House passes defense bill with biggest troop pay raise in years
WASHINGTON — The House on Friday passed an annual defense policy bill that includes the largest troop pay raise in six years and puts the brakes on an Army drawdown.
The vote means the $619 billion National Defense Authorization Act – along with the 2.1 percent raise and an order to keep 476,000 soldiers in the Army -- cleared its first legislative hurdle after being unveiled this week. Now, it is headed for a Senate vote next week and then must be signed by President Barack Obama.
The pay raise will kick in Jan. 1 if the bill is signed into law, despite an executive order by Obama in August to set raises at 1.6 percent in 2017 to save money. The Army had also recently announced a reduction in soldiers to cut costs amid tight defense budgets.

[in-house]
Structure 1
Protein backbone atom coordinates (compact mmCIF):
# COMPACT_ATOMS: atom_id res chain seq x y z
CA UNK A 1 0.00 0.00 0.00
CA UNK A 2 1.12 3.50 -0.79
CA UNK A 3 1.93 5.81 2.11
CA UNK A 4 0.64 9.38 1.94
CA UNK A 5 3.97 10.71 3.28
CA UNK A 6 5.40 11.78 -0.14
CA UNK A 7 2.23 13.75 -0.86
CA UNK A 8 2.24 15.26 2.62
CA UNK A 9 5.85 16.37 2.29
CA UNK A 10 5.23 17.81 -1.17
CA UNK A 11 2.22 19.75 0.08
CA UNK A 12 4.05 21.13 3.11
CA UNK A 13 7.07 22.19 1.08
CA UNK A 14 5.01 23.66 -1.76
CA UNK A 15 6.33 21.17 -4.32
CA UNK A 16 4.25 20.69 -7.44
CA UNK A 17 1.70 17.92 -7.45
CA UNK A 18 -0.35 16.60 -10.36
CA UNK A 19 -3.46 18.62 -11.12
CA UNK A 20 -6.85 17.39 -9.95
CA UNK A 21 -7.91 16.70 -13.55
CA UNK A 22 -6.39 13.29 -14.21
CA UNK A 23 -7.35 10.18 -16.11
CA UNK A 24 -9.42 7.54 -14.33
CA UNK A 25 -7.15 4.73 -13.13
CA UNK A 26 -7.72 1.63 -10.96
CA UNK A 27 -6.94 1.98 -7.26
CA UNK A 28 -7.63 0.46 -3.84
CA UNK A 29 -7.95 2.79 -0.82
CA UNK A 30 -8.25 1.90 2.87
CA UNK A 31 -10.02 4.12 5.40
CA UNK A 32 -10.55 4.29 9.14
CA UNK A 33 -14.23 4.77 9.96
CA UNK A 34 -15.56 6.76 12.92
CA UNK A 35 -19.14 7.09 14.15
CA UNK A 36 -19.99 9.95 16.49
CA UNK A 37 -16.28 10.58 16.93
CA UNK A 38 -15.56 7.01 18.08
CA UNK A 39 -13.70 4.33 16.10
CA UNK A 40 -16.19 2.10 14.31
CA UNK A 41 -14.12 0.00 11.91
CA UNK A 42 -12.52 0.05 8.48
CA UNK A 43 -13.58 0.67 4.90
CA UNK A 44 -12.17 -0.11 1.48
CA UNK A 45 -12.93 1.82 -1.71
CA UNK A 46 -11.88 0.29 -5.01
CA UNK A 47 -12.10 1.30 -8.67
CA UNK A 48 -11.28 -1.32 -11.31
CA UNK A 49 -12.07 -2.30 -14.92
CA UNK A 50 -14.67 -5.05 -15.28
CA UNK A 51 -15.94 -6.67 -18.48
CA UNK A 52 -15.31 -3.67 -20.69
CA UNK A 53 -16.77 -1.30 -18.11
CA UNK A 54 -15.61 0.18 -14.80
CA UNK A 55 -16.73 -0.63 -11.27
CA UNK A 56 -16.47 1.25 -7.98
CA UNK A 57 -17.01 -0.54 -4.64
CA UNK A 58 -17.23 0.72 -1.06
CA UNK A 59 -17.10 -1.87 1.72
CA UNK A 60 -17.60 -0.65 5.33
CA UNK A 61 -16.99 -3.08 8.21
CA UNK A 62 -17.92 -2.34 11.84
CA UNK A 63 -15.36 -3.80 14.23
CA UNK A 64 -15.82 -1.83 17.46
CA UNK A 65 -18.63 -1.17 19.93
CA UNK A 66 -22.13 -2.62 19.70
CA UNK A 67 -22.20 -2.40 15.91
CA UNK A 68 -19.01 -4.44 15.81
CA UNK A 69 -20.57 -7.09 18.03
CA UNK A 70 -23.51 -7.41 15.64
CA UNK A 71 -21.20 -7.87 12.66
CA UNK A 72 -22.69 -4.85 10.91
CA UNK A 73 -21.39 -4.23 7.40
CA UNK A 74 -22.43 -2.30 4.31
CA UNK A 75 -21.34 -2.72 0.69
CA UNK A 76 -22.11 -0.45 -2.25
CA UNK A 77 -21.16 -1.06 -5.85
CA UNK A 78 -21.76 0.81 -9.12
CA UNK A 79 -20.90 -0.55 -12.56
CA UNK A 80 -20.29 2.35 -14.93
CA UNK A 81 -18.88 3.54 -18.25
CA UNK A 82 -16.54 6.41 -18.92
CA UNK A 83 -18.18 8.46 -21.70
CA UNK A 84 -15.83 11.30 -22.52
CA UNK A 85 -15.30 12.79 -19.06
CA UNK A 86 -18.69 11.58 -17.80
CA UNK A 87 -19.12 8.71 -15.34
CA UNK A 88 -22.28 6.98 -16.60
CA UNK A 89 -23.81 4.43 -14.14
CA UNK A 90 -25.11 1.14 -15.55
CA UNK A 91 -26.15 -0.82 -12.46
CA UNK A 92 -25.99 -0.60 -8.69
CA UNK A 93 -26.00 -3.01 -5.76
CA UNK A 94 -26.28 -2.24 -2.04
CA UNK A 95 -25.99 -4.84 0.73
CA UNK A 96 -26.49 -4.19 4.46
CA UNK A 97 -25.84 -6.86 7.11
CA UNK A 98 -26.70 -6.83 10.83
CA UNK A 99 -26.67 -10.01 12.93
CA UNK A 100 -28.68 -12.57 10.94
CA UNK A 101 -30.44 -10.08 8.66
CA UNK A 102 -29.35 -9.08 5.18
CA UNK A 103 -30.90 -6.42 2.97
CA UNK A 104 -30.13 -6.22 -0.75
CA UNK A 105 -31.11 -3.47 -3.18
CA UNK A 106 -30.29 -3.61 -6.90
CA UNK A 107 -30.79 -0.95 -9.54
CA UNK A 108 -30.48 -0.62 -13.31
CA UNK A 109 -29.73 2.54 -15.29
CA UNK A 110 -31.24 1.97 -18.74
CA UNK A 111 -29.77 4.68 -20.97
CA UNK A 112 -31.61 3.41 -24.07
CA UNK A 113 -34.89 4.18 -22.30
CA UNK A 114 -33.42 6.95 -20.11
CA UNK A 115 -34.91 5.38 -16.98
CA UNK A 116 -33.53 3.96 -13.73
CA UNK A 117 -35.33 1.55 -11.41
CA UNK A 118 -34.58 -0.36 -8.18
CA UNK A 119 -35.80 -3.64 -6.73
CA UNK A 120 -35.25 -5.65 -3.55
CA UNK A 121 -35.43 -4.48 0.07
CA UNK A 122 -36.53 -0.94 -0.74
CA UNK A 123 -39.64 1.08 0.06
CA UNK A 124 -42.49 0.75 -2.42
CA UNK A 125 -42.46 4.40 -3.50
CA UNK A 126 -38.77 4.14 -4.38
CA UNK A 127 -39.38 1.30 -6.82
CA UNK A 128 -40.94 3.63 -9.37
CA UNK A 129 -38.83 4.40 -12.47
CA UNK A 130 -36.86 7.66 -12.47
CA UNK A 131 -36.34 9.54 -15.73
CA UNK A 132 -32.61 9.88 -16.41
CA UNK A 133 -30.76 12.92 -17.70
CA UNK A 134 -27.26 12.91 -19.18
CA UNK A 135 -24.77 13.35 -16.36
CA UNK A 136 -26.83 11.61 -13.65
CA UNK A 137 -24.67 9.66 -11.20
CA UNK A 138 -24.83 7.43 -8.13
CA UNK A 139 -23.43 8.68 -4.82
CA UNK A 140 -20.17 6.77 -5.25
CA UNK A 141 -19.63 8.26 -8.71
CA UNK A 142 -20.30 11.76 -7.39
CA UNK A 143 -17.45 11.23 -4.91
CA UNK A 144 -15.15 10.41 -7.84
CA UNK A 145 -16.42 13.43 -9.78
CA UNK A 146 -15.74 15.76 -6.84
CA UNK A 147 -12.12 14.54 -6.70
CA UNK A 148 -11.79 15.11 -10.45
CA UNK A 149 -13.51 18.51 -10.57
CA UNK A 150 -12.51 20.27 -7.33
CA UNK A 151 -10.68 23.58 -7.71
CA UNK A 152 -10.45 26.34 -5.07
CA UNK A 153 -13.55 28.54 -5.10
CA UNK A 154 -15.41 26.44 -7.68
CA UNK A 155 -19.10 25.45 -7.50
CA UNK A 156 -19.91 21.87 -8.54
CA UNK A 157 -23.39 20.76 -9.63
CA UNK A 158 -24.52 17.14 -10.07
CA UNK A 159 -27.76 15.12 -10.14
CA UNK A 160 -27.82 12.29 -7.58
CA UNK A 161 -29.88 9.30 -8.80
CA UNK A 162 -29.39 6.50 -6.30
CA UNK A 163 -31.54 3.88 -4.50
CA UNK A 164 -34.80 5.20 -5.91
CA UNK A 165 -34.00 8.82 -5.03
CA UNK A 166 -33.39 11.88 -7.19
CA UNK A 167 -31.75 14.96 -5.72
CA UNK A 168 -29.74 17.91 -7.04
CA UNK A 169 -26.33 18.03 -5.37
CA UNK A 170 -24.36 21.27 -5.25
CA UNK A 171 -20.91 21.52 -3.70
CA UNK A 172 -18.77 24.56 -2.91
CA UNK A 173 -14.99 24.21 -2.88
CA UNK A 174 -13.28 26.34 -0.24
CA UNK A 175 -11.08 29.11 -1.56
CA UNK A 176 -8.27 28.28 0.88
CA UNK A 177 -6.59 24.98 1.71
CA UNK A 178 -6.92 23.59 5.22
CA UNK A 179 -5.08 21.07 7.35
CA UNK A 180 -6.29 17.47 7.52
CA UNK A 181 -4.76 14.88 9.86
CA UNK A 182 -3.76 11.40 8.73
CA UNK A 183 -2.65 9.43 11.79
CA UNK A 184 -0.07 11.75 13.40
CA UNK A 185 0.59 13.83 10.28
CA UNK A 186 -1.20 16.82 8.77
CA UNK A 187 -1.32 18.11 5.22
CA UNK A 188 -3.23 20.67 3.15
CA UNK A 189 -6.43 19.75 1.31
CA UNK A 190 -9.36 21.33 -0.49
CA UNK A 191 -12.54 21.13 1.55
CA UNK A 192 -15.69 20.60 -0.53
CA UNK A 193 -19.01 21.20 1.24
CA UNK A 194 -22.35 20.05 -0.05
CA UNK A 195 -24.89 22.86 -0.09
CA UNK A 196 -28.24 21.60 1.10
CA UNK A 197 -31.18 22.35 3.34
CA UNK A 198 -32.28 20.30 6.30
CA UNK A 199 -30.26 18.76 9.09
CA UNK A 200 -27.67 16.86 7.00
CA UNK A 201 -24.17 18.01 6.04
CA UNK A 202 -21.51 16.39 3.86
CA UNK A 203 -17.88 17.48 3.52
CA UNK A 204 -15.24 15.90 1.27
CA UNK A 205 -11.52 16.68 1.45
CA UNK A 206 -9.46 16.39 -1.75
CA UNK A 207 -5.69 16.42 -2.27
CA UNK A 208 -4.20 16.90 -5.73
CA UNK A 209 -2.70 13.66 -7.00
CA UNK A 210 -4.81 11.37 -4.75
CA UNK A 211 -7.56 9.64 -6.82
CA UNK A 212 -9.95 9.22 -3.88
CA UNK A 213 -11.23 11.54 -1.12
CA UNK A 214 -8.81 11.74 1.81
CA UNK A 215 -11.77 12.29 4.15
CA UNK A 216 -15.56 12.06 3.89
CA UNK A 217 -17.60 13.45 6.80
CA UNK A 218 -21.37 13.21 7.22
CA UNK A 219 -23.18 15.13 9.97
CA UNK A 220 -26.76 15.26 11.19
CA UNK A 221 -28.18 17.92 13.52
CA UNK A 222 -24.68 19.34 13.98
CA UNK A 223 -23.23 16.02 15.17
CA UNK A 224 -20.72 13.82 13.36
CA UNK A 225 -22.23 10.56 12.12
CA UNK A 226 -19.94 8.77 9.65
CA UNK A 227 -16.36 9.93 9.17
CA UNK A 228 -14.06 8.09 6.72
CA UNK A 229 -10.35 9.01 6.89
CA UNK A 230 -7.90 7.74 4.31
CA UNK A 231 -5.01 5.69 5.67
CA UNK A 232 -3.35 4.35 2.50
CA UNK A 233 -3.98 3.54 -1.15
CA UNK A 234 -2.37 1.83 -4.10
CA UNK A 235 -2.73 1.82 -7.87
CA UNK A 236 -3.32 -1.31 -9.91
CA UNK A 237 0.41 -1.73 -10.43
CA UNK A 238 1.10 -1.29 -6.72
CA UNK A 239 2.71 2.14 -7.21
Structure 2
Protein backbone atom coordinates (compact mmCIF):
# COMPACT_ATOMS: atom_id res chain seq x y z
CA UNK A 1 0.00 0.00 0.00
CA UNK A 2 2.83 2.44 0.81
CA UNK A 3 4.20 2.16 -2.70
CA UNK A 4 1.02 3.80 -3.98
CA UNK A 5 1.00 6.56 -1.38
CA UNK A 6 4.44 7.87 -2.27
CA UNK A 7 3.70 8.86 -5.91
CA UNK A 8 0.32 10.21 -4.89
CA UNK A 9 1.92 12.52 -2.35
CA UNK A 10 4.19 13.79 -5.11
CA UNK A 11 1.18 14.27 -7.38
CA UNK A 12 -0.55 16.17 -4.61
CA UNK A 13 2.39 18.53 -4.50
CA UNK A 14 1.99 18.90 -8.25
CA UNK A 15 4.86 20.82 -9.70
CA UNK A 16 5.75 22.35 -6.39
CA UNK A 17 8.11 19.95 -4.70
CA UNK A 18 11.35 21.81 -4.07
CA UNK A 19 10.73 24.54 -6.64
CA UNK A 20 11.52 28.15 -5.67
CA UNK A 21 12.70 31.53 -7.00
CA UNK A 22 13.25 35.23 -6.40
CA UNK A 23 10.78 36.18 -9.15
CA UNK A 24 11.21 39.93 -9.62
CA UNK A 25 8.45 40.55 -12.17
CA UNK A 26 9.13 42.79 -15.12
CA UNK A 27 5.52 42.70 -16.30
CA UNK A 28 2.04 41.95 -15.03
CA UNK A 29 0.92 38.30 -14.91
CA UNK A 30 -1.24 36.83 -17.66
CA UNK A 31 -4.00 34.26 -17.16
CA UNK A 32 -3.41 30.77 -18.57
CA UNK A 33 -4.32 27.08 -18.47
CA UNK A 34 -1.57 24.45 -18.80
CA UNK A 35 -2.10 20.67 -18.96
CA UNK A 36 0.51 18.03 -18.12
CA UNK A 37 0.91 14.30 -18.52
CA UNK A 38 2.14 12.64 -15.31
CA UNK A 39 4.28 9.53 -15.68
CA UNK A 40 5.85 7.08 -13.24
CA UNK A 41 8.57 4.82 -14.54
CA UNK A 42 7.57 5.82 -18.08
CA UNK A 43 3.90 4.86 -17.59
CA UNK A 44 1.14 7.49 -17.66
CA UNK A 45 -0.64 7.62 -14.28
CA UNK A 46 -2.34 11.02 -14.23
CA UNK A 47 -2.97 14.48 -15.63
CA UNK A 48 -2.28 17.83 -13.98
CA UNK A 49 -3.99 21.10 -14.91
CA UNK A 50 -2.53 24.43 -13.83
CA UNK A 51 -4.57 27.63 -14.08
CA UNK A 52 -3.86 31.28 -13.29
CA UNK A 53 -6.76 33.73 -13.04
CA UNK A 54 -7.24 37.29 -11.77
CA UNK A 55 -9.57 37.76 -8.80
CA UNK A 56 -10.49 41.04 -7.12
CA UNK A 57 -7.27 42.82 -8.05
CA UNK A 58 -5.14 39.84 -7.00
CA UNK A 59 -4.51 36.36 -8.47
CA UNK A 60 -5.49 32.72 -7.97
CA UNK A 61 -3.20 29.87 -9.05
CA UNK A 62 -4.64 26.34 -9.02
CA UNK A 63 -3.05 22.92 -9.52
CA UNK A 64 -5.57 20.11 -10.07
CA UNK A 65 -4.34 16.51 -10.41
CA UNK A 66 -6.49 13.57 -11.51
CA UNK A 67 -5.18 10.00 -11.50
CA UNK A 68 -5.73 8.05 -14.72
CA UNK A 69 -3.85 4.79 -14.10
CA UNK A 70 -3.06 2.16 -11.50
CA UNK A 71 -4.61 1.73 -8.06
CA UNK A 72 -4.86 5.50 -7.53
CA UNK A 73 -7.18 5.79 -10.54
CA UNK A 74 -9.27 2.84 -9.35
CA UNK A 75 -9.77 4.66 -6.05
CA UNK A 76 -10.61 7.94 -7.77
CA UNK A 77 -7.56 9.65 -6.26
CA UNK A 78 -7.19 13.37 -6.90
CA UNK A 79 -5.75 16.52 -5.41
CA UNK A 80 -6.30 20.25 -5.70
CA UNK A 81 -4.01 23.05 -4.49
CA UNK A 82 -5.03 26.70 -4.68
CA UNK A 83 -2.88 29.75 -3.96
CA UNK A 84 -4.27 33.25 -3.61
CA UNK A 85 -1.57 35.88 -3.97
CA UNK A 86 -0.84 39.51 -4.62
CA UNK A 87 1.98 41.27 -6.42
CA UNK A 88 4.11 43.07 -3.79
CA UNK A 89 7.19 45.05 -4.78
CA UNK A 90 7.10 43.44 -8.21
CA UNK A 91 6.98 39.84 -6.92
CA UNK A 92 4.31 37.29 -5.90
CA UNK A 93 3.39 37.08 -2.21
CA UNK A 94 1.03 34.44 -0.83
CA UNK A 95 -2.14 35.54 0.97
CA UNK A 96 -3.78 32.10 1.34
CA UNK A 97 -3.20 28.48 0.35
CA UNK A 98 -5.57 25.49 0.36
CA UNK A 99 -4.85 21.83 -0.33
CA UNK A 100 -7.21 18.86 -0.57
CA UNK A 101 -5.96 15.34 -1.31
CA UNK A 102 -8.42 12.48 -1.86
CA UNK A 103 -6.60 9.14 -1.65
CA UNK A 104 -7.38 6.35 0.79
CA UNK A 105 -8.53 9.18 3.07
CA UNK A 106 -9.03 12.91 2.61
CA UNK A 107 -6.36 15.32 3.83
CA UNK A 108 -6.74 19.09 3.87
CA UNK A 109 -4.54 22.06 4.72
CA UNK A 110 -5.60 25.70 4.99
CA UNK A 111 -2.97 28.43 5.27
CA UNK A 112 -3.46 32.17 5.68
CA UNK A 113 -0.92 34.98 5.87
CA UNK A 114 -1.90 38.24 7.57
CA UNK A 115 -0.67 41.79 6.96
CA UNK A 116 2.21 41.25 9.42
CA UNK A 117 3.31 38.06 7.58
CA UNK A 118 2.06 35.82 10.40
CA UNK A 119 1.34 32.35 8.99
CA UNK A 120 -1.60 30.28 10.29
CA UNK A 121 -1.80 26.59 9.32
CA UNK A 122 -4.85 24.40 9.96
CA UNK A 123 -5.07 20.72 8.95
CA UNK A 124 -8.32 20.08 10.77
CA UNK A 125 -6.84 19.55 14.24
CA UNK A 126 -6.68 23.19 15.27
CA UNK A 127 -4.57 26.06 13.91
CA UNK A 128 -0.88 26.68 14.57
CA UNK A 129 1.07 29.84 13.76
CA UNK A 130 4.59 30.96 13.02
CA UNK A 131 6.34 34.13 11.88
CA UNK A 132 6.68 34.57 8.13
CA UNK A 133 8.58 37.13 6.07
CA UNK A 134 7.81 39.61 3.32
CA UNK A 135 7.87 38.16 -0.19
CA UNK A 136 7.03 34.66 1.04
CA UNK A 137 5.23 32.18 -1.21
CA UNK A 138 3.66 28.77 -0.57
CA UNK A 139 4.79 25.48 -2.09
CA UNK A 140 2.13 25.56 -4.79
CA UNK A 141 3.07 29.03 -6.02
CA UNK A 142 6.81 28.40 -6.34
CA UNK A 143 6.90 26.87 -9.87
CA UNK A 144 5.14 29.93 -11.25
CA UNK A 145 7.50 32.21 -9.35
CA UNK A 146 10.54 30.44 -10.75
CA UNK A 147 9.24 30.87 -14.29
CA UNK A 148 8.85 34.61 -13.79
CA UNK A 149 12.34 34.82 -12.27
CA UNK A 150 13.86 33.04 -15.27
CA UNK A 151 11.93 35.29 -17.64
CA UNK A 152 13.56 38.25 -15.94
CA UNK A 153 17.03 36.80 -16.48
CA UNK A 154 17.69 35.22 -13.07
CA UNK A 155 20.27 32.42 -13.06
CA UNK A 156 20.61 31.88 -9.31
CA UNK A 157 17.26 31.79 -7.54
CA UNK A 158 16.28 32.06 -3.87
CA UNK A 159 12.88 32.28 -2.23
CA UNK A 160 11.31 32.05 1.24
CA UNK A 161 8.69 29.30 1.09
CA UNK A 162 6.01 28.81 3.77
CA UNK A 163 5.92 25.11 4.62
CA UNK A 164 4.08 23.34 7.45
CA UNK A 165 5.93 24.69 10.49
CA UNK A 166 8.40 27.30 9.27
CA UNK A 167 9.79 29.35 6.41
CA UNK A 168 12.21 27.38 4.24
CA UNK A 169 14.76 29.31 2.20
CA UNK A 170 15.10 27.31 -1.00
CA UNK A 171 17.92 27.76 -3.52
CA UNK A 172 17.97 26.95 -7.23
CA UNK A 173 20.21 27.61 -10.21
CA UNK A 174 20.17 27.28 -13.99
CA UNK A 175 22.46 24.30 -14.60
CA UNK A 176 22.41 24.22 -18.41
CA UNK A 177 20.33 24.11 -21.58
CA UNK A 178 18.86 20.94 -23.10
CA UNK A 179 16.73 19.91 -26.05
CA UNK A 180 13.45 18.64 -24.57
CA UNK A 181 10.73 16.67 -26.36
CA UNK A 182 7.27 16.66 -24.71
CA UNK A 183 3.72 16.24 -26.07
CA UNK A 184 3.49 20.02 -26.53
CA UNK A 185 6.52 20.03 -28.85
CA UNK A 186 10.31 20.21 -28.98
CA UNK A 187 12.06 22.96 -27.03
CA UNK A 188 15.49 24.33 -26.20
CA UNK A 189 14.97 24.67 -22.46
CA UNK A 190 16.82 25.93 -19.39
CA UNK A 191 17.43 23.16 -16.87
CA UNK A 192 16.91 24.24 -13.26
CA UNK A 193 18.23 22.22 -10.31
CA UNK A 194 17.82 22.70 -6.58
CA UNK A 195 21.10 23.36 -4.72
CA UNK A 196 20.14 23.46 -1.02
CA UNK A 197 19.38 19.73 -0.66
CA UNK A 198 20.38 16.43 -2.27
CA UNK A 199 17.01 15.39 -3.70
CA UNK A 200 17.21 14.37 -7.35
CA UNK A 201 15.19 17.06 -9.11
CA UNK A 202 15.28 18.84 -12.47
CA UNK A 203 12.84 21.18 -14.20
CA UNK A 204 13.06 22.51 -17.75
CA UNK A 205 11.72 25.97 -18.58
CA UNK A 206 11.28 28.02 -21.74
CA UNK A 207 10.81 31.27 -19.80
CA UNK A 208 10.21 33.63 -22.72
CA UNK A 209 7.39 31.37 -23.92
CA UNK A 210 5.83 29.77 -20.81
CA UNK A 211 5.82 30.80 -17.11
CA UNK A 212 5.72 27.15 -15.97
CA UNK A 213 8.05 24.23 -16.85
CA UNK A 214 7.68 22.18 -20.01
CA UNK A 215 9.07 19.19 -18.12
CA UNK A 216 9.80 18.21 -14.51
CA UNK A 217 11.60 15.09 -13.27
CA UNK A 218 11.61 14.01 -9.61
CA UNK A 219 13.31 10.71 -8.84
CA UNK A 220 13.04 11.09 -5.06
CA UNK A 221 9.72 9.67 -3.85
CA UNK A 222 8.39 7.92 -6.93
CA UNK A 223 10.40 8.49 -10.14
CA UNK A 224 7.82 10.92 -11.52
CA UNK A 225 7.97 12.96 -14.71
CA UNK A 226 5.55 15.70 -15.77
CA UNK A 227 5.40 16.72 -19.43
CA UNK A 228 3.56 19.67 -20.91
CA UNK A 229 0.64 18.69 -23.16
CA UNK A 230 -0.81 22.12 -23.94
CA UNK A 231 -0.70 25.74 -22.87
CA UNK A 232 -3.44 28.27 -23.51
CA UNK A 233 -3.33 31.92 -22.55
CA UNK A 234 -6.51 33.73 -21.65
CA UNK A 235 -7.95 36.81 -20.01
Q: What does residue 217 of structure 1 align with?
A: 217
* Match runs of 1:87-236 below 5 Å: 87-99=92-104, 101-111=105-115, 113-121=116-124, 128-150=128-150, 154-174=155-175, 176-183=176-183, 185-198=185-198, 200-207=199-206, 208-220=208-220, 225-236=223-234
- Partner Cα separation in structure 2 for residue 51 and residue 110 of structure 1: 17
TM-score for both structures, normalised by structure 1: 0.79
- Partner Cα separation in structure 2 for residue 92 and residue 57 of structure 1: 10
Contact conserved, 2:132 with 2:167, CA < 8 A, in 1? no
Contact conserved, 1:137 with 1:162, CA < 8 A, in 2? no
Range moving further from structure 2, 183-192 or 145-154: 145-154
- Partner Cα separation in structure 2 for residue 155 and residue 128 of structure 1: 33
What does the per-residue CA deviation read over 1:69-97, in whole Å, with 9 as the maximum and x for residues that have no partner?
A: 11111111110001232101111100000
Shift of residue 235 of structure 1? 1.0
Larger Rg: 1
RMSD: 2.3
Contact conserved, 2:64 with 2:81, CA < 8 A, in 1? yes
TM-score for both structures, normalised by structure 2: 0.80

“It is time we give the troops and their families the pay raise they deserve,” said Rep. Joe Heck, R-Nev., a subcommittee chairman on the House Armed Services Committee.
The 34 opposing votes came mostly from Democrats.
Rep. Adam Smith, D-Wash., the top Democrat on the Armed Services Committee, supported the bill but warned that the country spends more than the rest of the world on its military and will need to focus on domestic programs.
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